The ironic thing was that our aloof “child” seemed thrilled to be an only pet. Our skittish girl became snuggly and content without competition to threaten her serenity. She settled quickly into life as a lap cat, blissfully spending her evenings curled between us on the couch in the evenings. When we came home, we would call to her and she would meow her greetings as she came to meet us. Even though she was a single cat, she warmed our empty nest and our hearts. We made her the promise that we would not disturb her with any unwanted furry siblings in her golden years. Our chosen kitten would live out her days as a beloved only pet with our constant attention and adoration.
But life changes and time marches on. Cinder aged, and her sleek fur turned gray. She jumped to her favorite spot on the couch with difficulty and then had to be picked up. She walked around with a confused and frightened air, and often forgot where her litter box was. We warned our daughter that her Christmas visit home would probably be the last chance to say goodbye and we prepared to let go of another pet. The vet reassured us that she seemed to be in heart failure, and at almost eighteen years old she had lived a good life, but anyone who has had to make the decision to put a pet down knows that you always second guess your decision. Cinder went peacefully, almost as if she was grateful that we were letting her rest, and we returned to a silent and empty house.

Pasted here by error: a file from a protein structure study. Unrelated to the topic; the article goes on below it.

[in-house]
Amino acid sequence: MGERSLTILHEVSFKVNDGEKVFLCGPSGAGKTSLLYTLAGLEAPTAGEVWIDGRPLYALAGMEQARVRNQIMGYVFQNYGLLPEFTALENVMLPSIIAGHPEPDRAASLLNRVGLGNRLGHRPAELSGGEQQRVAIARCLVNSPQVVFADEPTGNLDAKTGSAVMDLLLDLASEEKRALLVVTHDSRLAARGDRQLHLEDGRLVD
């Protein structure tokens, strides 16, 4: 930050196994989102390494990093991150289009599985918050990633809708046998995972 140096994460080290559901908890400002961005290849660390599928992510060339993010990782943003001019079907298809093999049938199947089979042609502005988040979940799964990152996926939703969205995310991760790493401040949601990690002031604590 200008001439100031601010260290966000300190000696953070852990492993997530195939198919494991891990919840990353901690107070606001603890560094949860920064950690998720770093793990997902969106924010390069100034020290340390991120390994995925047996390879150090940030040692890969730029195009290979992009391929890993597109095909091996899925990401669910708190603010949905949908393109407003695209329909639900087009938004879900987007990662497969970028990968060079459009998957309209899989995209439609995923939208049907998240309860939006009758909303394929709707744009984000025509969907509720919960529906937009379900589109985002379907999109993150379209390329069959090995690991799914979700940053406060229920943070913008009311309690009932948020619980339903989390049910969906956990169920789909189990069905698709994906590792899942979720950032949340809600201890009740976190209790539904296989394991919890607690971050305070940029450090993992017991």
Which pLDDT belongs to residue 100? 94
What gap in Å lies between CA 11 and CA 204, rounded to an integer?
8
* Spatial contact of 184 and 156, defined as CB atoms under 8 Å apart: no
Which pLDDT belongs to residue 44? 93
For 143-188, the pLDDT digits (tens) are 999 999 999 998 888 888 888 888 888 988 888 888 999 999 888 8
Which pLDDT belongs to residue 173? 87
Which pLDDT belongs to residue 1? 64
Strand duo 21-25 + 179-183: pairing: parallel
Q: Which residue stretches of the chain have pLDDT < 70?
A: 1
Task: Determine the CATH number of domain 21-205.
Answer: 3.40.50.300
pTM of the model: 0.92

How is it that a few pounds of fur can warm up a 2500 square foot house? So light that I could easily hold her with one hand, she curled into a small contented ball that took up maybe a square foot of space but her passing made the house feel large and less welcoming. Walking into the house, I had to stop myself from calling out to greet her and settling into the couch at night my fingers reached to stroke her silky fur and found empty air instead. Well meaning friends have suggested we add another pet to our household, but newly retired, we know that it would not be fair to a pet (or ourselves) to take on the responsibility of settling in a new animal right now. There will be a time in the future, but we’ve agreed to wait.
In the meantime, life changes and time marches on, and there is a paw print shaped hole in my heart.